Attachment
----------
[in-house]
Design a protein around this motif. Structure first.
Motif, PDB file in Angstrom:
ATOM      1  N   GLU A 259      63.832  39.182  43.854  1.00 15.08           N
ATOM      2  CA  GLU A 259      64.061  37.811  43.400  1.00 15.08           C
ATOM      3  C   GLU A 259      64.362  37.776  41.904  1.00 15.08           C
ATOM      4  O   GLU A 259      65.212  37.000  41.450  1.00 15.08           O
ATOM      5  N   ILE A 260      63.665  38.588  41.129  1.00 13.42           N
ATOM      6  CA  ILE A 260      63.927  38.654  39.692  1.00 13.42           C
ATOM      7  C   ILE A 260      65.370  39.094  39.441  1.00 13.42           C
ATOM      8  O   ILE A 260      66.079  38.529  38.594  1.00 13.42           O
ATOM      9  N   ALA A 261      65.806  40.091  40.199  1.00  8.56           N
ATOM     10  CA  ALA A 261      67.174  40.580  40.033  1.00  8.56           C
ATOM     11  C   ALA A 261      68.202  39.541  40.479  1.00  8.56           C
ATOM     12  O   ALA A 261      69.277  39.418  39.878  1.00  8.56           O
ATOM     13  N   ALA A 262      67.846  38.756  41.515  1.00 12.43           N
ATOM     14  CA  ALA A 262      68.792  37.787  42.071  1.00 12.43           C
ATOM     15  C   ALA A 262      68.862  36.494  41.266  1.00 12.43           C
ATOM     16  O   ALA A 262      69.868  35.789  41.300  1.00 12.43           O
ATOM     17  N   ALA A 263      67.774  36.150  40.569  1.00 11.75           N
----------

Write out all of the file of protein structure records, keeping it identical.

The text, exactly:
[in-house]
Design a protein around this motif. Structure first.
Motif, PDB file in Angstrom:
ATOM      1  N   GLU A 259      63.832  39.182  43.854  1.00 15.08           N
ATOM      2  CA  GLU A 259      64.061  37.811  43.400  1.00 15.08           C
ATOM      3  C   GLU A 259      64.362  37.776  41.904  1.00 15.08           C
ATOM      4  O   GLU A 259      65.212  37.000  41.450  1.00 15.08           O
ATOM      5  N   ILE A 260      63.665  38.588  41.129  1.00 13.42           N
ATOM      6  CA  ILE A 260      63.927  38.654  39.692  1.00 13.42           C
ATOM      7  C   ILE A 260      65.370  39.094  39.441  1.00 13.42           C
ATOM      8  O   ILE A 260      66.079  38.529  38.594  1.00 13.42           O
ATOM      9  N   ALA A 261      65.806  40.091  40.199  1.00  8.56           N
ATOM     10  CA  ALA A 261      67.174  40.580  40.033  1.00  8.56           C
ATOM     11  C   ALA A 261      68.202  39.541  40.479  1.00  8.56           C
ATOM     12  O   ALA A 261      69.277  39.418  39.878  1.00  8.56           O
ATOM     13  N   ALA A 262      67.846  38.756  41.515  1.00 12.43           N
ATOM     14  CA  ALA A 262      68.792  37.787  42.071  1.00 12.43           C
ATOM     15  C   ALA A 262      68.862  36.494  41.266  1.00 12.43           C
ATOM     16  O   ALA A 262      69.868  35.789  41.300  1.00 12.43           O
ATOM     17  N   ALA A 263      67.774  36.150  40.569  1.00 11.75           N